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The Red Riding Hood
by Sy Schreckinger – ANTIQUE TOY WORLD Magazine – July, 1988

 ". . . Little Red found the door to her grandma's cottage open.
        "She entered and called, 'Good morning, Grandma.
        ' There was no answer. Then she went
to the bed;
        there lay her grandmother with her cap pulled over
        her eyes, so that she looked very
      " 'Oh, Grandma, what big ears you have!'
" 'The better to hear you with, my dear!' "
        " 'Oh, Grandma, what big eyes you have!'
        " 'The better to see you with, my dear!'
        " 'Oh, Grandma, what big hands you have!'
        " 'The better to hold you with, my dear!'
        " 'But, Grandma, what big teeth you have!'
        " 'All the better to eat you with, my dear!' " 

     It is at this precise moment, according to the fable, that Little Red Riding Hood first senses imminent danger. And it is that very moment which is captured in the "Red Riding Hood" mechanical bank (Figure I). Insert a coin into the slot located behind the pillow and press the lever. Simultaneously, the coin drops into the bank and grandma's face mask tilts forward, exposing the face of the wicked wolf. Little Red Riding Hood's head jerks backward, as if startled. (The coins are removed via a key lock trap underneath the base.)
     Ludwig and Wilhelm Grimm, two German scholars and collectors of tutonic fables, published their anthology of children's fairy tales, the "Kinder—und Hansmdarchen," around the year 1813. It included the fable of Little Red Riding Hood. Approximately seventy-five years later, around the year 1888, this awesome fairy tale was brought to life through the creation of the "Red Riding Hood" me­chanical bank. Unfortunately, to date, patent and/or printed documentation pertinent to the designer and/or manufacturer has not been found. However, it had been speculated, but cannot be substantiated, that the designer of this mechanical may have been a William S. Reed of Leominster, Massachusetts. Possibly Reed was associated with the "Red Riding Hood" bank, since he had designed and received a patent for the "Old Woman in the Shoe" bank (Figure II), which had been based upon the popular nursery rhyme.
     Another belief is that the J. and E. Stevens Company may have designed and manufactured the bank. This is based upon observed casting detail similarities between “Red Riding Hood” and toys manufactured by Stevens.
     To complicate the matter further, this writer theorizes that, possibly, the Kyser and Rex Company, of Frankford, Pennsylvania, designed and manufactured this bank. Speculation is based upon two factors: (1) similarities between the simplistic style in which Little Red Riding Hood's features were painted, as compared to the faces of the organ grinder in the Kyser and Rex "Organ and Bear" bank and the policeman in their "Uncle Remus" bank; and, (2) J. and E. Stevens Company had never manufactured a mechanical bank with a key-lock coin trap, while almost all of the Kyser and Rex banks utilize such a trap. In addition, the unique shape of the "Little Red Riding Hood" coin trap is remarkably similar in configuration to the coin traps of two other Kyser and Rex banks, namely the "Confectionary" and the "Presto Building" (Figure M). The colors of the bank represented in Figure I are as follows: Little Red's face is a pink flesh color; she has blond hair and eyebrows, black eyes, and a red mouth. Her hat and dress are red and she wears a white sleeveless slipover blouse. The basket held in the crook of her right arm is tan. Grandma's face is a pink flesh color; she has black eyes and eyebrows, red nostrils, and a red mouth. She wears a white, ruffled bed cap on her head. The wolf's face and paw are painted a light brown. He has orange eyes with black pupils and a red mouth. The blanket draped over the bed is light green with gold and copper highlights. The pillow is white and the entire bed frame is japanned a dark brown with gold highlighting. Known paint variations pertain solely to the blanket, whereby it can be painted either dark blue or yellow. A variation in casting concerns itself with the way in which the wolfs paw is holding the mask. The words, "PAT APLD FOR" are impressed into the underside of all known "Red Riding Hood" banks.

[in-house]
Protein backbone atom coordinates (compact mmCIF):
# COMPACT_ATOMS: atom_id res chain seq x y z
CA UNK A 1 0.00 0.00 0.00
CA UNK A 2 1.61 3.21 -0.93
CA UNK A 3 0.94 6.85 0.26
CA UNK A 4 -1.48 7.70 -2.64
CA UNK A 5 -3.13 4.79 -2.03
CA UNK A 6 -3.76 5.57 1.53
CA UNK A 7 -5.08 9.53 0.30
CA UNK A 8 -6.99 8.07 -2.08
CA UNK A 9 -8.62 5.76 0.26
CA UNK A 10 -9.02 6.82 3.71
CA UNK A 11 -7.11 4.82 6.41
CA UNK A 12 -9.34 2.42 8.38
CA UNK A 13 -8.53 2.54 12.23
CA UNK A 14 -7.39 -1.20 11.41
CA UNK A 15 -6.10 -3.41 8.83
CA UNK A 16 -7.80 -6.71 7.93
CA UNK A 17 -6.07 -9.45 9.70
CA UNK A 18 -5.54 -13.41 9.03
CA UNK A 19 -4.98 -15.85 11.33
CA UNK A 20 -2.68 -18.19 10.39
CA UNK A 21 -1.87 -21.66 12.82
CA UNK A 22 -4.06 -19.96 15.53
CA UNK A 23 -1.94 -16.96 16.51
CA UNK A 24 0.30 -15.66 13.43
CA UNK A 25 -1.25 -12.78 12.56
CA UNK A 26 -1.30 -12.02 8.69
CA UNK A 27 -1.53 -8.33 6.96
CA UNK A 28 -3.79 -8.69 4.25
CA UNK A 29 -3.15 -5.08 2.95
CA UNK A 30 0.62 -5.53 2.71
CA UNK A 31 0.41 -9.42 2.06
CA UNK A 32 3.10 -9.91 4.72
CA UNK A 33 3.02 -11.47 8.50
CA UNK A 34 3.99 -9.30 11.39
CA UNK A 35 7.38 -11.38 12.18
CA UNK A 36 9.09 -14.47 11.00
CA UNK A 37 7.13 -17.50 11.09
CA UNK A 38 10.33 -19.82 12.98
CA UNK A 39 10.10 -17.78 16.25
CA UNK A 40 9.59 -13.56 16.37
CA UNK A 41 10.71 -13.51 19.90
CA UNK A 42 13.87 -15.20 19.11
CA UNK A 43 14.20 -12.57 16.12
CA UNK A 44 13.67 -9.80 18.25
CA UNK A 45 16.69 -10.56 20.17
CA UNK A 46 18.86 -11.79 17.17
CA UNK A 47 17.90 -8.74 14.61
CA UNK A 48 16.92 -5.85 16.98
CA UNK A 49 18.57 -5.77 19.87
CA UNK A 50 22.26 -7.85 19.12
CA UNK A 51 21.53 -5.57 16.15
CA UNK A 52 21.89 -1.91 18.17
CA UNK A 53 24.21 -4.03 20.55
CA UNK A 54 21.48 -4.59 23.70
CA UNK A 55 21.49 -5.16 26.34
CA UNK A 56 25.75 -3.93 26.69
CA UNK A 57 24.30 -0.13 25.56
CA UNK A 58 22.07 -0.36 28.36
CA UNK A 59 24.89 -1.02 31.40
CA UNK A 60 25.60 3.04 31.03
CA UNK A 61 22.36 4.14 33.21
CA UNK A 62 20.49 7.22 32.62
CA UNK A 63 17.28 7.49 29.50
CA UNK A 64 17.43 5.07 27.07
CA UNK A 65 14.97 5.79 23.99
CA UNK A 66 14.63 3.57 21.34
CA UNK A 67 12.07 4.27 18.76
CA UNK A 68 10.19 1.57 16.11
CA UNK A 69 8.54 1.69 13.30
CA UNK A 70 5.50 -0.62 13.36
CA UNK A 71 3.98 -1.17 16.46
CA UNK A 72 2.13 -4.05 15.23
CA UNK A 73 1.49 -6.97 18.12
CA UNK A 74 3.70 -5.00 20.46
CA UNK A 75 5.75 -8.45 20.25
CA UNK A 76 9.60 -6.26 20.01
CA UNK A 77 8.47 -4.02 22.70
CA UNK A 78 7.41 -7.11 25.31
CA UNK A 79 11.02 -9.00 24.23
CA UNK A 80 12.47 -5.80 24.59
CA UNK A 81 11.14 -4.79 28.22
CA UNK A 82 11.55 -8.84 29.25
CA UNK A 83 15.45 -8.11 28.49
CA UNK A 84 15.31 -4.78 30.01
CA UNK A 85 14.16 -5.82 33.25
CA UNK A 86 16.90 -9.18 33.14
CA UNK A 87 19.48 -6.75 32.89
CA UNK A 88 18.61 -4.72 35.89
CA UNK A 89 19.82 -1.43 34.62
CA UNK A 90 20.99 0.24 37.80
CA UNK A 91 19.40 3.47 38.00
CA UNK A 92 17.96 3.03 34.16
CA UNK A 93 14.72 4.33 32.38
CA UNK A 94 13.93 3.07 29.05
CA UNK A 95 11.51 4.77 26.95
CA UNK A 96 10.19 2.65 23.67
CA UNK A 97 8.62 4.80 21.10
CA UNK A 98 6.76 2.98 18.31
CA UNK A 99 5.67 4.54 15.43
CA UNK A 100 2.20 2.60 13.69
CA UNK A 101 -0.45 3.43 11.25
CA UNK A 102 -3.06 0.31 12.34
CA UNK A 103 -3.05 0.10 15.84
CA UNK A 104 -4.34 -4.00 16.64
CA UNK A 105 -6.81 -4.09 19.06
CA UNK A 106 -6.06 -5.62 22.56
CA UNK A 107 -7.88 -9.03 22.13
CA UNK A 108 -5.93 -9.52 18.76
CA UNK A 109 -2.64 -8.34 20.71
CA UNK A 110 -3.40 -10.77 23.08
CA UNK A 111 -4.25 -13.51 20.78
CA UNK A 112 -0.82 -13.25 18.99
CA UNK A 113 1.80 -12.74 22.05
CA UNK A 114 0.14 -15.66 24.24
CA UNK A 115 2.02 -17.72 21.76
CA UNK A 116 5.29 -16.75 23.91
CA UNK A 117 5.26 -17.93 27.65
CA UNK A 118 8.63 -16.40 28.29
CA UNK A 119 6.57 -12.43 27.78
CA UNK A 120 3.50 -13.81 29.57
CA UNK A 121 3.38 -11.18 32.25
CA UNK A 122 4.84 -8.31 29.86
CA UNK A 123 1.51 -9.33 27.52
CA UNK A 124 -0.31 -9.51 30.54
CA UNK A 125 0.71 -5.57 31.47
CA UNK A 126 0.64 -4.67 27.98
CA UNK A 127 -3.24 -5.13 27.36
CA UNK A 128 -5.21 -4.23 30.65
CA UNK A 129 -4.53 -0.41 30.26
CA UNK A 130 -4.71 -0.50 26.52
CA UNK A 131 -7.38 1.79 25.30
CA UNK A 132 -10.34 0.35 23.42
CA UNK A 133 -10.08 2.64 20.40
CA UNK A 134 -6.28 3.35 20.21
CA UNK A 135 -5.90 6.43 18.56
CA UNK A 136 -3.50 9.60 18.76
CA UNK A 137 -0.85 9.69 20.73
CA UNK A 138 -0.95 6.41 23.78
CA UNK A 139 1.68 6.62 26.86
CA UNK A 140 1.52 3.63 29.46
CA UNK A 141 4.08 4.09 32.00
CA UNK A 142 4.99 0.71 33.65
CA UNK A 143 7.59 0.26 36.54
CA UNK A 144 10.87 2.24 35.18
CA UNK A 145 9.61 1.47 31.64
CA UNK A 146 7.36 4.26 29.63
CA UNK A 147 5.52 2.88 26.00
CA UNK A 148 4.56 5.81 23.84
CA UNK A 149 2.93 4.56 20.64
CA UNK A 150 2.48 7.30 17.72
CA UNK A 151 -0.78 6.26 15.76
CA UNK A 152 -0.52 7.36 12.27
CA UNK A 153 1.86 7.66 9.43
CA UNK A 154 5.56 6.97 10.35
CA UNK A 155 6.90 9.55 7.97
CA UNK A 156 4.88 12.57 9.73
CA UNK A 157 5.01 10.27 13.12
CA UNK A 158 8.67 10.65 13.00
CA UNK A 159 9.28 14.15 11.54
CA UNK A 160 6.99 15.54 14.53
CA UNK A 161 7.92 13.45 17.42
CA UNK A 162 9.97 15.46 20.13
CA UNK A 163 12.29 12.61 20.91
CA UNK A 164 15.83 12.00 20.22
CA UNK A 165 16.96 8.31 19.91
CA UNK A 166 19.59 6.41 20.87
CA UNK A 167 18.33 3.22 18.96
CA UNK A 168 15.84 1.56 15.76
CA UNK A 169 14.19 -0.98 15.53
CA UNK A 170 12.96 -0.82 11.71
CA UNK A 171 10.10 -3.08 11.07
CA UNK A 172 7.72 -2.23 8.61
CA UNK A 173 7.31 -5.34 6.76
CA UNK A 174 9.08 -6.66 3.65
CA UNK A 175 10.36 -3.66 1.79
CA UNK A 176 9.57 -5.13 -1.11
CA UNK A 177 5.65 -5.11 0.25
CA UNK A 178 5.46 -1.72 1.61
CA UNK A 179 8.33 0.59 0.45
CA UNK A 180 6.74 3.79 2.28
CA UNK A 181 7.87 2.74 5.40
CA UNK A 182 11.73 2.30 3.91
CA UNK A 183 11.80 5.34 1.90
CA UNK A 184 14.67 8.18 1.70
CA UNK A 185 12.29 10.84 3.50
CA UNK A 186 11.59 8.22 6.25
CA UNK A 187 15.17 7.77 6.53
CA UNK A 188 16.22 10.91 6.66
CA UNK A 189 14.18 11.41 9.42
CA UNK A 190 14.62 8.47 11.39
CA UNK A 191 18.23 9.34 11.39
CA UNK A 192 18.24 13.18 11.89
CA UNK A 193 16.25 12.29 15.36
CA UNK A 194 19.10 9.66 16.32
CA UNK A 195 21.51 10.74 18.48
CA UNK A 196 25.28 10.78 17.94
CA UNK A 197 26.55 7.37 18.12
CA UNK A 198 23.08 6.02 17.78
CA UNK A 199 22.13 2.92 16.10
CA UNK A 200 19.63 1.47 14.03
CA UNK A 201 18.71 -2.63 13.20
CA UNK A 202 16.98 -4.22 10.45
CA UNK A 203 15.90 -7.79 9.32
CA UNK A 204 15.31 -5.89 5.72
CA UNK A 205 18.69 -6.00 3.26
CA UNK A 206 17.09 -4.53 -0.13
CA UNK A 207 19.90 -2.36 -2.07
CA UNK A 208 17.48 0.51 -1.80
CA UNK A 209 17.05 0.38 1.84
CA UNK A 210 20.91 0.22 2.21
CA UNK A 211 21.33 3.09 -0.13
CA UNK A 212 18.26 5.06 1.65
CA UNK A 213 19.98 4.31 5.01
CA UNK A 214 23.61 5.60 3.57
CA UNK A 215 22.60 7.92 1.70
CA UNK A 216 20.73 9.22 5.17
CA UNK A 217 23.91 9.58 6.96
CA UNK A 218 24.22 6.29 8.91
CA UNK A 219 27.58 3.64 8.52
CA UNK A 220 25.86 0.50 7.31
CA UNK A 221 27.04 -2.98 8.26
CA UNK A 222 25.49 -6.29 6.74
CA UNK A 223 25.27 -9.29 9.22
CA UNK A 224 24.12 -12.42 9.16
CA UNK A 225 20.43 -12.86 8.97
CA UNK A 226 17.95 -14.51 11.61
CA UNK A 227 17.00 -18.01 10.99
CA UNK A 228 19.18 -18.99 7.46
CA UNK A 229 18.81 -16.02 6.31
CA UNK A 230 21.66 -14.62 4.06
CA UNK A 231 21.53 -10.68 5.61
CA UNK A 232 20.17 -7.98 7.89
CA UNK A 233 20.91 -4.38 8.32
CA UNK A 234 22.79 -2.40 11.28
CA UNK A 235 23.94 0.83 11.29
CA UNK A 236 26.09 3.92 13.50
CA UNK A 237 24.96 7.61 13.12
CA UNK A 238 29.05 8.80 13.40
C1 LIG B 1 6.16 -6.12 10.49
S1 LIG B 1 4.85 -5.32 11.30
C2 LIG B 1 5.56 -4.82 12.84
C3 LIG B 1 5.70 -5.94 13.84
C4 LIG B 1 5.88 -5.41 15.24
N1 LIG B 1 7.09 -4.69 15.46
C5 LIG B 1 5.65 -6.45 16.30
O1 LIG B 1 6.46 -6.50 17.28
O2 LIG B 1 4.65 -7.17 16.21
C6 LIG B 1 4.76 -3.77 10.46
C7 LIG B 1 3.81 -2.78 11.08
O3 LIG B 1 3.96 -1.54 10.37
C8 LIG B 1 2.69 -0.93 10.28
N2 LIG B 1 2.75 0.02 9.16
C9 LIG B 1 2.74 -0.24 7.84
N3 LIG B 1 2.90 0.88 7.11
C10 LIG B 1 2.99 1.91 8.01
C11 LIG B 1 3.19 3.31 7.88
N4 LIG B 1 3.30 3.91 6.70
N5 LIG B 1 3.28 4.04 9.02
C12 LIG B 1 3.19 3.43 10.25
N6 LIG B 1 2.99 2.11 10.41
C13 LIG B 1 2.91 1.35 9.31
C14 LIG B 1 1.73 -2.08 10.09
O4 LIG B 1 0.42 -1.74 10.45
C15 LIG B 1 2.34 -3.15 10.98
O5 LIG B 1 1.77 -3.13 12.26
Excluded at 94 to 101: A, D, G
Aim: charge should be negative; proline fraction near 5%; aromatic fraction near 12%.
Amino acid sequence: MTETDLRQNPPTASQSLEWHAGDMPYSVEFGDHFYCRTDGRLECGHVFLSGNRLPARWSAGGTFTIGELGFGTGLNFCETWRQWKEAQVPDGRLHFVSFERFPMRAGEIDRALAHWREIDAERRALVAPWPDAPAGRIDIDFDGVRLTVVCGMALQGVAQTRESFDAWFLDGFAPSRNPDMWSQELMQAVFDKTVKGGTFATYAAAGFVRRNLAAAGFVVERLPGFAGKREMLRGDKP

This mechanical is extremely rare. Since it has been reproduced, the base diagram (Figure IV) should help in determining originality, and possibly prevent one from mak
ing a costly mistake. A reproduction will appear approximately one-sixteenth to one-eighth of an inch shorter than the size indicated.

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